Conditional Cash Transfer Programs and Women’s Empowerment in Colombia

The conditional cash transfer program Familias en Acción is the cornerstone poverty alleviation strategy of Colombia. Conceived as a cash grant to lift low income families out of poverty, it is a demand-side program aimed at increasing parents’ investment in their children’s well-being. One of its core components is targeting mothers as the beneficiaries. Two gender assumptions are thus embedded in the program: that giving benefits to mothers would translate to better health, nutrition, and education outcomes of their children, and that the program would increase mothers’ empowerment by means of increasing their bargaining power. Using Naila Kabeer’s multidimensional definition of empowerment as the process by which those who have been deprived of meaningful choice are able to exercise it, this research assesses whether and to what extent Familias en Acción has impacted women’s agency and empowerment outcomes. To start with, it builds on gender and development literature to understand the origins and embedded gender dimensions of CTPs in general and FeA in particular. It then employs a doubly robust evaluation strategy, first by preprocessing longitudinal data from the program’s impact evaluation with a propensity score matching technique and second, by estimating impacts with a difference in difference strategy. Estimations suggest there is no evidence supporting the gender assumption that the program increases mothers’ intrahousehold decision-making in realms related to children’s school attendance and visits to the doctor. Similar is the case for mothers’ use of contraception and share of domestic work. Findings suggest that, if anything, there is a decrease in the probability of women participating in community-based social and political organizations. Societal norms about the role of women within the household and a sexual division of labor, which are not amenable to the program’s implementation, may explain these findings. Policy recommendations thus focus on adjustments to the program’s design and on complementary programs to consolidate it as an evidence-based, gender-sensitive poverty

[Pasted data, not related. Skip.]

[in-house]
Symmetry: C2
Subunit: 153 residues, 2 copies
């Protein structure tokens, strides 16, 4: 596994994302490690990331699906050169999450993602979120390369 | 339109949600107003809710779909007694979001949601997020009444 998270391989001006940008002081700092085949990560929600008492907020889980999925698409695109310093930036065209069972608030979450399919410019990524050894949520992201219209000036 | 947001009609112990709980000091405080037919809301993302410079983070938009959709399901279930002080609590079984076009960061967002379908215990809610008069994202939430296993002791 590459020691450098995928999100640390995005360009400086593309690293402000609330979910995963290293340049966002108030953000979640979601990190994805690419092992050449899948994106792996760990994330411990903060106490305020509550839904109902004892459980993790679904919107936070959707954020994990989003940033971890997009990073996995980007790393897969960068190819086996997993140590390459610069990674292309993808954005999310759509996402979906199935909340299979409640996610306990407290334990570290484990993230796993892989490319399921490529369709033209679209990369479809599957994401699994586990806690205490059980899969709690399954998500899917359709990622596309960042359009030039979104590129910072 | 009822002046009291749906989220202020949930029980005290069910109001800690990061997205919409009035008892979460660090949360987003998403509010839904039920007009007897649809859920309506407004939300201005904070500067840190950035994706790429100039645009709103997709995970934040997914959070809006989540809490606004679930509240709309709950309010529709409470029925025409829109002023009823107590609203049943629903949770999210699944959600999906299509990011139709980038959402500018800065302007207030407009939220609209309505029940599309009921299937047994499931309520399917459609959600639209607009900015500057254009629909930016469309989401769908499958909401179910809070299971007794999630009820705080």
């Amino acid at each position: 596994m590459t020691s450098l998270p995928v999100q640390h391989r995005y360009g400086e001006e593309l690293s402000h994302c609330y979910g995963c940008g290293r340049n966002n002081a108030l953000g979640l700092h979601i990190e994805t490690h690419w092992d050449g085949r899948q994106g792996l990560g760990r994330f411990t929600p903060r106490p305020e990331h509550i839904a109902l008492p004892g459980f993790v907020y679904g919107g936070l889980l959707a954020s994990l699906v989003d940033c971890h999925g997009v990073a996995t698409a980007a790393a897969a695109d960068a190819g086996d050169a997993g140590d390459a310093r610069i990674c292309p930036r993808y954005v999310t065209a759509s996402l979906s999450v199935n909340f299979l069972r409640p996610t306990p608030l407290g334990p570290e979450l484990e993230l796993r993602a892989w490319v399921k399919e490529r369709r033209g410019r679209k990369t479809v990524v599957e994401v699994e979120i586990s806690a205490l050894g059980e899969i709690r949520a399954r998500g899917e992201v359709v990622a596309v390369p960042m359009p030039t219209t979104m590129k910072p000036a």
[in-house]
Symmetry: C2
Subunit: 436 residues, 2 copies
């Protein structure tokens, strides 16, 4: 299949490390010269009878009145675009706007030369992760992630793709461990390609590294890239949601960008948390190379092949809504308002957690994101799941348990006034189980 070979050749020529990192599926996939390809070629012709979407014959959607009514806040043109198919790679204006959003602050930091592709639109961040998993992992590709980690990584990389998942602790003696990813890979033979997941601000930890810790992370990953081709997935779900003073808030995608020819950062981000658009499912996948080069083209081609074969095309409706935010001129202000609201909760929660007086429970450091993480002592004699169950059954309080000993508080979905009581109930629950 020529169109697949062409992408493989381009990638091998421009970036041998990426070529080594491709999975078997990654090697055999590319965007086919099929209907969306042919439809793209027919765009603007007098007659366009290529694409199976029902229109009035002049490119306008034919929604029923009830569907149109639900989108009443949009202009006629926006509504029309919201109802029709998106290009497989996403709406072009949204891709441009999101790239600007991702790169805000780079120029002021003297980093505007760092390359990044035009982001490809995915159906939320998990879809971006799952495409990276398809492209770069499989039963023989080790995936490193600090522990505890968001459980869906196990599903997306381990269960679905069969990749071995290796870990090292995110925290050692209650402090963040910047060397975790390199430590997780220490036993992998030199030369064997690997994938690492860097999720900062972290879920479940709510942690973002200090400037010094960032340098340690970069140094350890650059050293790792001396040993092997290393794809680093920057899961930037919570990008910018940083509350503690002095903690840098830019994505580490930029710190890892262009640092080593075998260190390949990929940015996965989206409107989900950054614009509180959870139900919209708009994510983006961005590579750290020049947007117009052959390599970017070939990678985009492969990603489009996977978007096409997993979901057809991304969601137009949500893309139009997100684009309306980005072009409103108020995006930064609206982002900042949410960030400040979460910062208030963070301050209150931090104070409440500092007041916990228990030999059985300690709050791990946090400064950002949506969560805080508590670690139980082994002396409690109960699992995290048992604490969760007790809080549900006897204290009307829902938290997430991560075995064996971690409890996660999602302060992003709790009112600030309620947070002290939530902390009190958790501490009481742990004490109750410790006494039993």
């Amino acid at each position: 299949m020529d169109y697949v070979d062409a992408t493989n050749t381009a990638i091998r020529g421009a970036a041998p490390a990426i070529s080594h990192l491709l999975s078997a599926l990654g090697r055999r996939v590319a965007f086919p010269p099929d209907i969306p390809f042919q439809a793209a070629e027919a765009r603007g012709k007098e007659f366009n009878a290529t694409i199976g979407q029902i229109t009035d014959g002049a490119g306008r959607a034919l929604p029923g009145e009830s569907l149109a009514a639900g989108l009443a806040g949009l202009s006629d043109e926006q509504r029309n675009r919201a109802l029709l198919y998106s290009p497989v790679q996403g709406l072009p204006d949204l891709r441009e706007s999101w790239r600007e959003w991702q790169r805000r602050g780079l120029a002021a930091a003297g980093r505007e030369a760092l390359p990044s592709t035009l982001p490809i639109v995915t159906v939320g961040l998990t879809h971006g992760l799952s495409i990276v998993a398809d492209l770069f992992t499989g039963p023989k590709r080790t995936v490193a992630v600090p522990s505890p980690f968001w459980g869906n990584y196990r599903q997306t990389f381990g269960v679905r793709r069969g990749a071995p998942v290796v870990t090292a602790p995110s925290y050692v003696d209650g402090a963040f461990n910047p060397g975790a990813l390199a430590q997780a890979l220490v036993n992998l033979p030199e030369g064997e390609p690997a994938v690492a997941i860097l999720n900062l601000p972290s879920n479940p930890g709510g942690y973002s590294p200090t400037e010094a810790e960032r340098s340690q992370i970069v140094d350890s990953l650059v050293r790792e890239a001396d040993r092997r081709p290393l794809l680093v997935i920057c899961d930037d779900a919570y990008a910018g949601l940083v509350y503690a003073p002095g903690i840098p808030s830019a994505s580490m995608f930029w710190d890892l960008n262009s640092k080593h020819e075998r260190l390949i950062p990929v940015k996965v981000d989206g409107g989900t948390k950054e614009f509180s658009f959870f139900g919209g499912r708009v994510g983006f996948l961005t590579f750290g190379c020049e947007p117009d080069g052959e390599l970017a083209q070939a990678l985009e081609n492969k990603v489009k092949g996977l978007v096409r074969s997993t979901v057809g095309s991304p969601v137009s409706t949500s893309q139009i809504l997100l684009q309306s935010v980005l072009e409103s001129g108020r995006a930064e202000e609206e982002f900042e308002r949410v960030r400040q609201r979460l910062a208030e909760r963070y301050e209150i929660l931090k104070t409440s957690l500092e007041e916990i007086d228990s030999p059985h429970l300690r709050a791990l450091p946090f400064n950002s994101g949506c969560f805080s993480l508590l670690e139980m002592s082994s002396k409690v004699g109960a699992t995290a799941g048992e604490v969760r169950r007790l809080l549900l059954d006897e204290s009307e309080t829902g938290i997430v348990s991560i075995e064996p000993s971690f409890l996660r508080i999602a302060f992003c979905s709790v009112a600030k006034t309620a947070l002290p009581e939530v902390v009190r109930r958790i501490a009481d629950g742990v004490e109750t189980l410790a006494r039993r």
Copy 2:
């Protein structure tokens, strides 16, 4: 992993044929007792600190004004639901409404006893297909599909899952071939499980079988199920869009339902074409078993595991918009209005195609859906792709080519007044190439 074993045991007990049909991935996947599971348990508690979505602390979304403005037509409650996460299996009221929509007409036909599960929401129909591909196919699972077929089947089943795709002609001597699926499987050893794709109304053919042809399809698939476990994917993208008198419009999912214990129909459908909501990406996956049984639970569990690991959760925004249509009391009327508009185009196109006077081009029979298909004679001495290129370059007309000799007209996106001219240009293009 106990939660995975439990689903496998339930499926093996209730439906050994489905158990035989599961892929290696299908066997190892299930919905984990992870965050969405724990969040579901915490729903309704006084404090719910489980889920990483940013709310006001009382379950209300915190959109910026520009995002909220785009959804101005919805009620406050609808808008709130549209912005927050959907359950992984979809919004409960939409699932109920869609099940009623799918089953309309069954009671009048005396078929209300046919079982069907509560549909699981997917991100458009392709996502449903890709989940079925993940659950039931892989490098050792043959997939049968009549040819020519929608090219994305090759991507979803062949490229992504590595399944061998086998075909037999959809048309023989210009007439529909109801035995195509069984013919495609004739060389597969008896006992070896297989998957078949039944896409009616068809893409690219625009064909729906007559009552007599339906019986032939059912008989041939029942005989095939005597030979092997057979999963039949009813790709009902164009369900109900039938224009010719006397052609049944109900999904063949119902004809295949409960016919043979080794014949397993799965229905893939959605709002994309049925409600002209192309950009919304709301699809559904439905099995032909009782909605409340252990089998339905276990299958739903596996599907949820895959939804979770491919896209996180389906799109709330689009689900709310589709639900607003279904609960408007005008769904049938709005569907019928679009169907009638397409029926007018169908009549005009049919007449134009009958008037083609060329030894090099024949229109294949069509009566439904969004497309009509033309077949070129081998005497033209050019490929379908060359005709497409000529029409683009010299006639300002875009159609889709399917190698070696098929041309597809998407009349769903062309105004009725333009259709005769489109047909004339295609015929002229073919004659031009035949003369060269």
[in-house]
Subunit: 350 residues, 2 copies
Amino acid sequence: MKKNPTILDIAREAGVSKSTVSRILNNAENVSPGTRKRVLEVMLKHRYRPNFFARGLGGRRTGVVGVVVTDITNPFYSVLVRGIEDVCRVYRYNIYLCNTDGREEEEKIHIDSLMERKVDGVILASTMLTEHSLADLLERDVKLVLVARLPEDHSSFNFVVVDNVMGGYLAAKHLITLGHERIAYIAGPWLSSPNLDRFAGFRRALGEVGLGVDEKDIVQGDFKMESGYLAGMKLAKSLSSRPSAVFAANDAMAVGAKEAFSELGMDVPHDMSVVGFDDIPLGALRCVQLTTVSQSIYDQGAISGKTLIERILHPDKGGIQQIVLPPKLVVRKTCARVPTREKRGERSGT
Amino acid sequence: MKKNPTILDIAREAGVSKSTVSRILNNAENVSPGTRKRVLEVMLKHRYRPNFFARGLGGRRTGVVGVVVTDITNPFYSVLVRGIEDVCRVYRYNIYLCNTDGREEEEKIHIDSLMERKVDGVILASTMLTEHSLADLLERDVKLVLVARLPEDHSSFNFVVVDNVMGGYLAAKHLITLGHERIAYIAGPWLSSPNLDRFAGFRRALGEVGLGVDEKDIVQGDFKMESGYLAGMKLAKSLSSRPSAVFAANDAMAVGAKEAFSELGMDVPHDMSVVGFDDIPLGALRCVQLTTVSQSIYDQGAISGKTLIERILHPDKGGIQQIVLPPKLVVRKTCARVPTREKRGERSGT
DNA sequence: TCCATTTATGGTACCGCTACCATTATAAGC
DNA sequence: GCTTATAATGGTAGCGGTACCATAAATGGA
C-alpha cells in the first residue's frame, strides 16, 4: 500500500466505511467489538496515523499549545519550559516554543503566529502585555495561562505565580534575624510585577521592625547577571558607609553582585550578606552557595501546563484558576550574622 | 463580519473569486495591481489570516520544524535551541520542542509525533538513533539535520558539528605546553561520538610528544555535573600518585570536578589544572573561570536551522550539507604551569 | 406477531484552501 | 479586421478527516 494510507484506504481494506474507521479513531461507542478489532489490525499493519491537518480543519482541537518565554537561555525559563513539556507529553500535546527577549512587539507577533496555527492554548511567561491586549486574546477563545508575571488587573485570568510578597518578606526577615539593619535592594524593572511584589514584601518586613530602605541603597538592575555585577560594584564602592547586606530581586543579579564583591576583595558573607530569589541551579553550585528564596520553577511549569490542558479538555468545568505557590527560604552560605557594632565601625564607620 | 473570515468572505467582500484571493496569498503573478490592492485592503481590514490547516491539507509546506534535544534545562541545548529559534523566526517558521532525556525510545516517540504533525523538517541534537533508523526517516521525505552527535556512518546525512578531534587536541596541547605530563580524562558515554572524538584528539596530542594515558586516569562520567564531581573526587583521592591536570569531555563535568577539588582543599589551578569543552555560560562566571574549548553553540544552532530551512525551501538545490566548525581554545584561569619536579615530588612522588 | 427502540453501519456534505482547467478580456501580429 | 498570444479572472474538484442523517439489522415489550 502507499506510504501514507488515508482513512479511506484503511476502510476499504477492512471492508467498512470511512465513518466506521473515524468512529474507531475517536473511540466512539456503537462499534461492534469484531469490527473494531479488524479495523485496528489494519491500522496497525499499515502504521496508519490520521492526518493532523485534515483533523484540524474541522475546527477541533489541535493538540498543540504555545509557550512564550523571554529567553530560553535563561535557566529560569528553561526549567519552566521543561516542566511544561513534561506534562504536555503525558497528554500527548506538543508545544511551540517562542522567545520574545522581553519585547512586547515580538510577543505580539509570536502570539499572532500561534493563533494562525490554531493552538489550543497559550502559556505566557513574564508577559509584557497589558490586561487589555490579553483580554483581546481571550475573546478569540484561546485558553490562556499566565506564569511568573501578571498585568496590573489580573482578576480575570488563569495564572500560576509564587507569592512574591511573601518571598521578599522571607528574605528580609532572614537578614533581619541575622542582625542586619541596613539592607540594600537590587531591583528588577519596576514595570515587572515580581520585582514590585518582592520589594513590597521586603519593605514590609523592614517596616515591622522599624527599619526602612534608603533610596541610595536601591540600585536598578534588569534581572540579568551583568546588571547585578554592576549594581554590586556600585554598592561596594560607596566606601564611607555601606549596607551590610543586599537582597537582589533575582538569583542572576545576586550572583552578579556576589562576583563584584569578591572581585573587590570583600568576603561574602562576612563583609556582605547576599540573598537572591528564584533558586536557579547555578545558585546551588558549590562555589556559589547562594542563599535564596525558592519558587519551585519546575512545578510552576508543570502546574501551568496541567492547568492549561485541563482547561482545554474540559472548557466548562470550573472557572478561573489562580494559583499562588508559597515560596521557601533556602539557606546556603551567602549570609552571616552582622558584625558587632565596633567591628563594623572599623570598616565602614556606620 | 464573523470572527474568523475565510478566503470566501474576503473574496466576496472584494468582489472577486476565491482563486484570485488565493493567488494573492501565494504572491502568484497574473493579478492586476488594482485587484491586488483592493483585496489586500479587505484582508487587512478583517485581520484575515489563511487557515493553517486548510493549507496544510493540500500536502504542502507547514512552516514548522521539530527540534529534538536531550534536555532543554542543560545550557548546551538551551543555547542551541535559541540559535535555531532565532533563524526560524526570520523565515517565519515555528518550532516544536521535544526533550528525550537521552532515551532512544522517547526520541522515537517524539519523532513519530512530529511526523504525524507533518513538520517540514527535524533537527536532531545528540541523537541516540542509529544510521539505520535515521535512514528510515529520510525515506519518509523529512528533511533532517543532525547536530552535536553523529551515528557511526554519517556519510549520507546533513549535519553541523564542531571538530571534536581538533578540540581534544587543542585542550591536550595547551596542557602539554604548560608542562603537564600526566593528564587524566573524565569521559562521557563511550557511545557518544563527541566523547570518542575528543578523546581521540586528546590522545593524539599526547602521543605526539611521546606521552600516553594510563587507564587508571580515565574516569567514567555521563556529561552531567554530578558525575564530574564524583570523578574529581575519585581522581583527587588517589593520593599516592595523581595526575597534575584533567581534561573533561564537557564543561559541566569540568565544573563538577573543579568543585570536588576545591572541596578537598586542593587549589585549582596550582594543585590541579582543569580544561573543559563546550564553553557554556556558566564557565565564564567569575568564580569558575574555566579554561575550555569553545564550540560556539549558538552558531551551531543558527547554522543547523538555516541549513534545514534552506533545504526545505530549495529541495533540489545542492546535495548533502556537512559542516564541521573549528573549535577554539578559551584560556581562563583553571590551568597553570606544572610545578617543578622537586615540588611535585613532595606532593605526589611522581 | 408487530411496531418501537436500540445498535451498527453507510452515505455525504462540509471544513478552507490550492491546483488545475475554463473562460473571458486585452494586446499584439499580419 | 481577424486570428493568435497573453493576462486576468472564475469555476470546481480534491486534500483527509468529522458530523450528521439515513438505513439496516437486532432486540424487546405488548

alleviation intervention.

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